January 15, 2013
Several food critics recently predicted barrel-aged hot sauce would be this year’s breakout condiment. The process originated nearly 145 years ago, when pepper seeds from Mexico and Central America took root in Avery Island, a salt dome in Louisiana. There, Edmund McIlhenny watched the red peppers grow, starting out green in infancy, then turning yellow, orange and finally deep red and ready for picking. He mashed them and mixed in salt from the island’s underground mines. Then, he dumped the mixture into white oak barrels, where it aged for three years, slowly fermenting.
Tabasco red pepper sauce was born.
When whiskey is freshly distilled, it is colorless and only tastes and smells like the grain and the alcohol. It gets its color and richness in flavor from aging in charred oak barrels. Hot sauce, like Tabasco, works much the same way—it soaks in flavor and grows deeper in color in the barrel.
In 2009, a former chef at Vesta Dipping Grill in Denver purchased an eight-gallon charred whiskey oak barrel to add some smoky flavor to the restaurant’s house-made sauces. Last year, Vesta’s executive chef, Brandon Foster, purchased two more barrels, and they sit in the restaurant’s basement, allowing the chiles to age and absorb wood tannins and hints of whiskey.
The first iteration, dubbed Hudson Barrel Hot Sauce, became a Louisiana-style sauce made with red Fresno chilies and habaneros, onion, garlic, salt and vinegar. After the chilies are pickled for two weeks in cans, the barrel is rinsed with a bottle of whiskey, and the mixture ages for a minimum of four weeks. Around week six or eight
, the whiskey flavor really seeps in, says Foster, and the resulting flavor is smoky with an acidic punch and some background heat.
Vinegar and salt pull moisture from the barrels into the hot sauce, bringing flavor with them, Foster says.
“The barrel has sauce aged in it, it’s had whiskey aged in it,” Foster says. “It’s going to have excess moisture in it and I think that’s the salt and the vinegar, the macerated chilies, that are really just reacting with that wood and pulling out as much flavor as possible.”
The first barrel, which cost $130, produced eight batches of hot sauce before Foster noticed signs of wear and tear and feared leaking or mold. His two new barrels have gone through ten to 12 batches of hot sauce, and recently welcomed a new concoction—this time, using tequila.
The new recipe, created by one of Vesta’s kitchen managers, calls for Serrano peppers, roasted jalapenos, habaneros, onions, garlic and red wine vinegar mashed together and poured into a tequila-rinsed barrel. The green, Latin America-style sauce, which will be hotter and sweeter than Hudson Barrel Hot Sauce, will debut at the restaurant in a few weeks.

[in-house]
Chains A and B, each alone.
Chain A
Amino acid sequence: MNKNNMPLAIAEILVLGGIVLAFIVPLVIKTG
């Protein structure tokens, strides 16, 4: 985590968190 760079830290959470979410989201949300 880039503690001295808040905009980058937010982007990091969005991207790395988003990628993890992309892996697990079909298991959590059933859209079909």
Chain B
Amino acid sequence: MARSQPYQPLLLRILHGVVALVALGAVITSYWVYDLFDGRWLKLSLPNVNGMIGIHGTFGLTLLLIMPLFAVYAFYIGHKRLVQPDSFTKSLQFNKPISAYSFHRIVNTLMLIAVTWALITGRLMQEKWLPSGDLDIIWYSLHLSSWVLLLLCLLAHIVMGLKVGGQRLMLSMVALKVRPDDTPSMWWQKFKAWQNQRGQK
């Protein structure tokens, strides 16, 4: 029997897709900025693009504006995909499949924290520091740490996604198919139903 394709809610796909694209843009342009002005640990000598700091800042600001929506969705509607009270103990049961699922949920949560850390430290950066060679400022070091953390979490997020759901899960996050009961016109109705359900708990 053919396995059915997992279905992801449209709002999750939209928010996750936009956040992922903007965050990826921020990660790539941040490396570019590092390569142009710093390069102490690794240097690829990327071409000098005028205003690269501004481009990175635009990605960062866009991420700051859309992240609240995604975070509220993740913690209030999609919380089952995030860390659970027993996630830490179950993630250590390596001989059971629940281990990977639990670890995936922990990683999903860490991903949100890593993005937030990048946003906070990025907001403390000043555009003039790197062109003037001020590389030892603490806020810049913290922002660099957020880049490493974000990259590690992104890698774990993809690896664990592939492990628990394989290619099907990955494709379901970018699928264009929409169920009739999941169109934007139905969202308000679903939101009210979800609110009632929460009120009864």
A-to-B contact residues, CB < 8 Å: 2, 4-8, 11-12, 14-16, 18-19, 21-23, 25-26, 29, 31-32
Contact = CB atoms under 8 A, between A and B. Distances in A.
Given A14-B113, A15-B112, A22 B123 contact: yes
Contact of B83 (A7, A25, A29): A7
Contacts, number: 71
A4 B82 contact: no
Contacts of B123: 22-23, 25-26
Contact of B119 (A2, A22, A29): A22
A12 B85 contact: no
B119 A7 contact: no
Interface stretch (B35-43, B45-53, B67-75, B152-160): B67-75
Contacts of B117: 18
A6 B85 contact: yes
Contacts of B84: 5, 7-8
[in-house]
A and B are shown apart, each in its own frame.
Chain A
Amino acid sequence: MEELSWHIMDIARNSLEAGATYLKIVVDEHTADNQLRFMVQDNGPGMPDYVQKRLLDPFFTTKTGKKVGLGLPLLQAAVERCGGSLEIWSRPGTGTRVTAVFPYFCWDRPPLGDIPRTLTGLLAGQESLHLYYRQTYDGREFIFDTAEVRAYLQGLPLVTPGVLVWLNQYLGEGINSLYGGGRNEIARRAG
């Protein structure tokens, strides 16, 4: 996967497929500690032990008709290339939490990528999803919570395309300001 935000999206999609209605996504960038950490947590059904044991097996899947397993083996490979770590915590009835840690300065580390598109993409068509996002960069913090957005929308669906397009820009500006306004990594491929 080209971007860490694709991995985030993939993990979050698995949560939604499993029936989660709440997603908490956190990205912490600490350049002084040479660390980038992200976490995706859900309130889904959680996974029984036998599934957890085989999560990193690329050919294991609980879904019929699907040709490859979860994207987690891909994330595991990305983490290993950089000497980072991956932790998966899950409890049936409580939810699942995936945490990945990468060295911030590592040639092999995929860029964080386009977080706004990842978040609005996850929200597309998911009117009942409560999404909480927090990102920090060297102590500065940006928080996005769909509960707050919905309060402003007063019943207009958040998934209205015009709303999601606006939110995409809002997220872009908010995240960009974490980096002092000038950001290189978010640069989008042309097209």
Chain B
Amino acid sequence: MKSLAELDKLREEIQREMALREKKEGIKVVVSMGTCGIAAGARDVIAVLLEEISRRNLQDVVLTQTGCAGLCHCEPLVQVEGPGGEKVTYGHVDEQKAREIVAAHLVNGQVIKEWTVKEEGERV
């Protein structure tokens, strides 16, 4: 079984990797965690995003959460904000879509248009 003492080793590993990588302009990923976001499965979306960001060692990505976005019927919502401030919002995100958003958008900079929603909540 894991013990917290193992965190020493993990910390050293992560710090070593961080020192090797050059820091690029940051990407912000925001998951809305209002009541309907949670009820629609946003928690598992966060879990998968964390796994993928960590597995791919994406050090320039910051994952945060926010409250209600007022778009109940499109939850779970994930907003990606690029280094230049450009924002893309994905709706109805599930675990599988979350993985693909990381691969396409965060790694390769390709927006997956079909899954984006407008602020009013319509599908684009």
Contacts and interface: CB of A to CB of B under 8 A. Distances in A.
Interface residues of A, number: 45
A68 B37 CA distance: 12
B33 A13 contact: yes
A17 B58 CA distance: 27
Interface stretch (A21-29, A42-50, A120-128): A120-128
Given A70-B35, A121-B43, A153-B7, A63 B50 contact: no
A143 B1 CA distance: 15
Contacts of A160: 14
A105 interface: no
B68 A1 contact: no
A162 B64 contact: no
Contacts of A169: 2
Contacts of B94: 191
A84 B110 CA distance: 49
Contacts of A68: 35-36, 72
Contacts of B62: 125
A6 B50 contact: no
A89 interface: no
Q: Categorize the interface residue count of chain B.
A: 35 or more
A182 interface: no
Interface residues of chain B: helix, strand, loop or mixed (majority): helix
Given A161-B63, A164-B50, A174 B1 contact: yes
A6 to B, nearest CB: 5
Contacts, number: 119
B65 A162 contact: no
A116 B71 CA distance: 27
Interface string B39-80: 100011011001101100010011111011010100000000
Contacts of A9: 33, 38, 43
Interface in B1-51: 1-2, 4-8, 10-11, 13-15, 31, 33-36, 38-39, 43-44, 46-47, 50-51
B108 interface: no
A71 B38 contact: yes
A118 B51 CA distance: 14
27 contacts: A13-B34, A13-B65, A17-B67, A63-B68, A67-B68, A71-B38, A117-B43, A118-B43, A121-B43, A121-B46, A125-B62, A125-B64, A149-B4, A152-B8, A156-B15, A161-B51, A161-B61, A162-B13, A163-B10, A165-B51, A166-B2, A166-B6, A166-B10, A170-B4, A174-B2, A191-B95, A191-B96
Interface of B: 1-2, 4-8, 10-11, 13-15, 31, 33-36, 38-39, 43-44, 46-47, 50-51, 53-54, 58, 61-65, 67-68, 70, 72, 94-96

What sort of volume goes through one eight-gallon barrel during its lifetime? A lot: 250 to 300 pounds of chilies, 60 to 70 pounds of onions, 20 to 25 pounds of garlic and generous helpings of salt and vinegar. Foster uses chiles from California for the current batch, as Colorado’s winter weather isn’t easy on pepper crops.
Once the sauces have matured, the mixture is pureed, but it’s not smooth by any means, Foster says. He drains the barrel by setting it on a counter above a bucket and shaking it back and forth, then tosses the mash into a high-powered Vitamix blender, after which it’s pureed further through a cap strainer. Some pulp remains to add viscosity to the sauce, which is seasoned, bottled and served at Vesta’s sister restaurant Steuben’s, alongside 20 to 30 other hot sauces. And since the barrels are replenished regularly, some of the flavor customers taste has been building for two years.
For Ronnie New, executive chef at Magnolia Pub and Brewery in San Francisco, barrel aging hot sauce is a new venture. He’s been making his own hot sauce, similar to Sriracha, for a year and a half, adding it to the restaurant’s wings and fried chicken. Magnolia has no shortage of barrels—its bar buys bourbon and whiskey by the barrel for its house cocktails—so tossing hot sauce into one of them seemed like a logical move.
By June, he’ll fill a 53-gallon Evan Williams bourbon whiskey white oak barrel with 200 pounds of locally sourced chilies, age the mash for six months, and bottle it by 2014. As the vinegar in the mash starts to denature the chilies, New says some natural sugar will be released, causing the mixture to ferment. When natural proteins are exposed to salt and changes in pH, their coils unwind, and they tend to bond together to create solid clumps, losing some of their capacity to hold water.
“Hot sauces tend to develop more and more flavor the longer they sit,” says New, who will monitor the flavor as the mash ages. “Every single environment is different, so there’s not an exact formula. The end product might be slightly different each time we do it.”